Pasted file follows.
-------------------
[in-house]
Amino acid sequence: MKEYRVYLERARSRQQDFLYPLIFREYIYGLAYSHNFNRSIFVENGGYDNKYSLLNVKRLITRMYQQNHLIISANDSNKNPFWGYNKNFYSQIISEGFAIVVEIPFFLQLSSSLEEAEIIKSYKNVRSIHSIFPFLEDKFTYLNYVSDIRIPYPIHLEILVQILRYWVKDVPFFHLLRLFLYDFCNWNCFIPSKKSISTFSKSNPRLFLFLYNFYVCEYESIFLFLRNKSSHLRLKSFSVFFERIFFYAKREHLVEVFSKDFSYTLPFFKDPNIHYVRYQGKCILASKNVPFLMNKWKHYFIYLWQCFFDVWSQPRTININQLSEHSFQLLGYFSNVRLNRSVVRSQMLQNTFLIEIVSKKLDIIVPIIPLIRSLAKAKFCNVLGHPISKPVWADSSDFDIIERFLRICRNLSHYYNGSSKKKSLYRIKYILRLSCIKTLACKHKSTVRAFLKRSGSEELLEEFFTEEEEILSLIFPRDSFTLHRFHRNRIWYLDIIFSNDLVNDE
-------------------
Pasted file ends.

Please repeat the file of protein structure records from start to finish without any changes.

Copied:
[in-house]
Amino acid sequence: MKEYRVYLERARSRQQDFLYPLIFREYIYGLAYSHNFNRSIFVENGGYDNKYSLLNVKRLITRMYQQNHLIISANDSNKNPFWGYNKNFYSQIISEGFAIVVEIPFFLQLSSSLEEAEIIKSYKNVRSIHSIFPFLEDKFTYLNYVSDIRIPYPIHLEILVQILRYWVKDVPFFHLLRLFLYDFCNWNCFIPSKKSISTFSKSNPRLFLFLYNFYVCEYESIFLFLRNKSSHLRLKSFSVFFERIFFYAKREHLVEVFSKDFSYTLPFFKDPNIHYVRYQGKCILASKNVPFLMNKWKHYFIYLWQCFFDVWSQPRTININQLSEHSFQLLGYFSNVRLNRSVVRSQMLQNTFLIEIVSKKLDIIVPIIPLIRSLAKAKFCNVLGHPISKPVWADSSDFDIIERFLRICRNLSHYYNGSSKKKSLYRIKYILRLSCIKTLACKHKSTVRAFLKRSGSEELLEEFFTEEEEILSLIFPRDSFTLHRFHRNRIWYLDIIFSNDLVNDE